How many plant and animal species go extinct each year?
Some years ago Greenpeace claimed 50,000 -100,000 species each year.
In the comment thread of an earlier blog post Lamna nasus suggested a figure of 90 species of mammal over the past five centuries.
Professor Aynsley Kellow in his new book ‘Science and Public Policy – The Virtuous Corruption of Virtual Environmental Science’ describes the Greenpeace figure of 50,000 – 100,000 species as “virtual reality” made possible by mathematical modelling.
Professor Kellow links the Greenpeace claims, to the modelling of a so-called species-area relationship dependent on the idea that ecosystems are self-regulating and tend towards equilibrium.
Quotable quotes include:
“Ecology lacked a scientifically respectable method for studying life, and the ecosystem approach provided scientific respectability by supplying ecologists with mathematical tools developed by physicists.”
“An ecosystem is nothing more than a construction… Ecologists tried to study ponds as examples of ecosystems, but soon found even they were not closed systems but connected to the watertable, and affected by groundwater flows, spring run-off, migrating waterfowl…”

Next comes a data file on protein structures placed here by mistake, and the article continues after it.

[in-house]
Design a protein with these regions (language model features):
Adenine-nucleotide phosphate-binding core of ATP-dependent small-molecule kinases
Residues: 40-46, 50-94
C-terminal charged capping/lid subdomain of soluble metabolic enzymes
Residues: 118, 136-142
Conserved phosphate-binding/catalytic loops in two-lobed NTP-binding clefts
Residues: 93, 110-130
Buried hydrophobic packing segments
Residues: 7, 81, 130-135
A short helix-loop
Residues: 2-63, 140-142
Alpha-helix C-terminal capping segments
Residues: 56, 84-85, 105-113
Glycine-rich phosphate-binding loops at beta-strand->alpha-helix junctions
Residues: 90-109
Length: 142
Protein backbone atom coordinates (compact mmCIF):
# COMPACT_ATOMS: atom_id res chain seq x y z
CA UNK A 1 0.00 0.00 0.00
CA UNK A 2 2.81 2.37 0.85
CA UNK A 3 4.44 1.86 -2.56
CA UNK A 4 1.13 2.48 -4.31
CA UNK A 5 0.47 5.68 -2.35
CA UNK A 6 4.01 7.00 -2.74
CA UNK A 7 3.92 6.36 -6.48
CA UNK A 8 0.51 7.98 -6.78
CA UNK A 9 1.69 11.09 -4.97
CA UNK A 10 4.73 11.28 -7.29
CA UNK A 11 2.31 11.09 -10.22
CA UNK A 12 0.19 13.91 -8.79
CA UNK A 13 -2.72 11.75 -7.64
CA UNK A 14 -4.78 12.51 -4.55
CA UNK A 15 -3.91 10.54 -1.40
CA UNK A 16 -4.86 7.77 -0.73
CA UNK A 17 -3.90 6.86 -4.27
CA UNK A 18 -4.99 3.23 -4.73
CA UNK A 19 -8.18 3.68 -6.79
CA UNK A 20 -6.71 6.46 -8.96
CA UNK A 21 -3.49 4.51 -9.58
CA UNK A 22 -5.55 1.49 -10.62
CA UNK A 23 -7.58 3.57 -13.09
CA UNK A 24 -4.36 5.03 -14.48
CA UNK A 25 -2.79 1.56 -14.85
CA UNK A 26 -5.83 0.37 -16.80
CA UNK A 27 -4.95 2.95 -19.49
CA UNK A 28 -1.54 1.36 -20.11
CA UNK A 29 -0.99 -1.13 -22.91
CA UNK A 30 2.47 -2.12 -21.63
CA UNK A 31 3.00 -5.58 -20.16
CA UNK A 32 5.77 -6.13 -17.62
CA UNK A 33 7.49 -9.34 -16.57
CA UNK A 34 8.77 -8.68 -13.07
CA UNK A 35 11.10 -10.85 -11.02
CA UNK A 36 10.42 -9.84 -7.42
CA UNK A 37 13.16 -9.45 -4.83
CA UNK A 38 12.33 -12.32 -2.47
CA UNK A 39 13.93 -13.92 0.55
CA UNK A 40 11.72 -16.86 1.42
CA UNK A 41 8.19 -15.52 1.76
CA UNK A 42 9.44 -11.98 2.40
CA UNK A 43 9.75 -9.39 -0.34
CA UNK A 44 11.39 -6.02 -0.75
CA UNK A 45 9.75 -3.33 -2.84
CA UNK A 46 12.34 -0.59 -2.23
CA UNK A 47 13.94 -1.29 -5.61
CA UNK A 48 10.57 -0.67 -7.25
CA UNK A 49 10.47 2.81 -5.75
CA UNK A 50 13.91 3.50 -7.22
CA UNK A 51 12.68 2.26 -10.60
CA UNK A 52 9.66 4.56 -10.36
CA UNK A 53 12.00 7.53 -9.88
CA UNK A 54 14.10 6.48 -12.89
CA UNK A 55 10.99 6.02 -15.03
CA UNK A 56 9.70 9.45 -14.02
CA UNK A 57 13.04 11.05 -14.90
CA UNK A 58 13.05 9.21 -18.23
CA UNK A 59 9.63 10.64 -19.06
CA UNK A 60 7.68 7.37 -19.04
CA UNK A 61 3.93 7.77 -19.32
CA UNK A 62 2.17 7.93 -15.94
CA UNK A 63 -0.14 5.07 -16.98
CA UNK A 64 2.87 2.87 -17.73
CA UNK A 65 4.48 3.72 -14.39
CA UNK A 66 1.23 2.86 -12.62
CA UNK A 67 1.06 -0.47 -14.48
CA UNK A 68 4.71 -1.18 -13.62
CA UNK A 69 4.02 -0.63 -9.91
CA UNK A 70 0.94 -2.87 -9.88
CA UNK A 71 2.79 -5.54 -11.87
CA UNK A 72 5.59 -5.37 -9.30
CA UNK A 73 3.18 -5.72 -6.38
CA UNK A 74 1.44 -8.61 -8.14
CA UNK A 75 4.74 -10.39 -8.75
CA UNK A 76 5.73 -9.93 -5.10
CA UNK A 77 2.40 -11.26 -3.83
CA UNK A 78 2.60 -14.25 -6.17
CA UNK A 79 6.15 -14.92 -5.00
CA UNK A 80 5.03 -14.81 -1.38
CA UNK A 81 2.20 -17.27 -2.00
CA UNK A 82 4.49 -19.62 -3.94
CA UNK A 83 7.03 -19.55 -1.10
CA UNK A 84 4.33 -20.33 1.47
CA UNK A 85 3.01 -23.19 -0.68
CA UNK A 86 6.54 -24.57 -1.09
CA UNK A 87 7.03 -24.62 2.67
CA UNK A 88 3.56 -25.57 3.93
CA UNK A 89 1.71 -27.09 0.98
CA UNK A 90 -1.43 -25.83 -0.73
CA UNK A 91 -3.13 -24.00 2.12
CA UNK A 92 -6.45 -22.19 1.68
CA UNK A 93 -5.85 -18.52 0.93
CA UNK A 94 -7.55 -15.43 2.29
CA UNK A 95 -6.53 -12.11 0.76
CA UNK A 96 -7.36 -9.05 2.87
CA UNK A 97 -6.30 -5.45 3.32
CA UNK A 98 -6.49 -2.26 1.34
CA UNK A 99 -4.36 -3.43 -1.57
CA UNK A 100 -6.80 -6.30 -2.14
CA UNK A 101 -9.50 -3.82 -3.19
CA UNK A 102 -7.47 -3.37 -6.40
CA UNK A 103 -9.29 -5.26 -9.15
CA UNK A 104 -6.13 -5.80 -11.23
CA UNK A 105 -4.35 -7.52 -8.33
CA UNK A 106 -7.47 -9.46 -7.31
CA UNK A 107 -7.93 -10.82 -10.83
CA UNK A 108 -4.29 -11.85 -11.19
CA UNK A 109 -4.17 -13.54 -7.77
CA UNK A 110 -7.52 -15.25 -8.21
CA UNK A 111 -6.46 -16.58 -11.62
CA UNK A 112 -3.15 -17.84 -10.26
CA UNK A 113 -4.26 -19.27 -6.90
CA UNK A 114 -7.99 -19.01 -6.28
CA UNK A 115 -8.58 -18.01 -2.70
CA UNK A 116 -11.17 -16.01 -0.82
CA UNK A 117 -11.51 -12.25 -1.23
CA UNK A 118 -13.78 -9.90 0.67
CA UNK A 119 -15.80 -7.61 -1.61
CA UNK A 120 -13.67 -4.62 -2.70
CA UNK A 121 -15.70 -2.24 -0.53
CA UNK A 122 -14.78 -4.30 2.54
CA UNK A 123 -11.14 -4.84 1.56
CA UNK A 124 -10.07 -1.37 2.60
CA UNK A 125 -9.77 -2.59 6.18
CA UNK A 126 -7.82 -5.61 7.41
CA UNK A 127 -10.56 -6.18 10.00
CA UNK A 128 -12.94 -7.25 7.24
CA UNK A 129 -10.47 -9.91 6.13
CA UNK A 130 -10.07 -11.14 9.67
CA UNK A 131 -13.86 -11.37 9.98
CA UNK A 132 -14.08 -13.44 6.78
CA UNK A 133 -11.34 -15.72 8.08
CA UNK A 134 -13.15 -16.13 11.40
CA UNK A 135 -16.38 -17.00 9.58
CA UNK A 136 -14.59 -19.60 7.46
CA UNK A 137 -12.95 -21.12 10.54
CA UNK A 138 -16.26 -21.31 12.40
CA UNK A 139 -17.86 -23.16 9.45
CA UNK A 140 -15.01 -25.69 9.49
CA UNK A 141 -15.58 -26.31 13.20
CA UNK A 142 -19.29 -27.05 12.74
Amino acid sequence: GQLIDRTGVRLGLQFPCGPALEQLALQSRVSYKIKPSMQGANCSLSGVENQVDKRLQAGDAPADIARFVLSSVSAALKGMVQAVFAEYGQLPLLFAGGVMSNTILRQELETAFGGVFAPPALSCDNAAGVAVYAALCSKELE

Professor Kellow goes on to explain the origin of the species-area equation and the theory of island biogeography as developed by Harvard biologist Edward O. Wilson. While the theory can explain the number of insect and arthropod species colonizing mangrove islands off the coast of Florida as a function of their distance from the mainland, the theory’s extrapolation to non-island situations and terrestrial ecology more generally is questionable. Furthermore predicting species loss by extrapolating backwards to suggest, for example, that a reduction in the area of forest will produce the same rate of species reduction as does its growth, has no basis in observational data but is common practice in conservation biology.
More quotable quotes include:
“In the absence of hypotheses which might be falsified by observational data, the extensive use of mathematical models introduces a virtual landscape where species, real and virtual, live and die, and where their utility to noble political causes restricts the scepticism of those who might question the validity of such ‘science’.
“Endangered species become not just trumps, but face cards in the game of politics used to create advantage.”
“The increased emphasis on mathematics which lent ecology its scientific gravitas helped steer it towards virtual science rather than experimental science, and it never shook off its normative shackles.”
“It perhaps became too abstract, a discipline attracting deskbound number crunchers more than those who liked to tramp about the woods in wool shirts counting deer scat.” [Kellow quoting Alton Chase]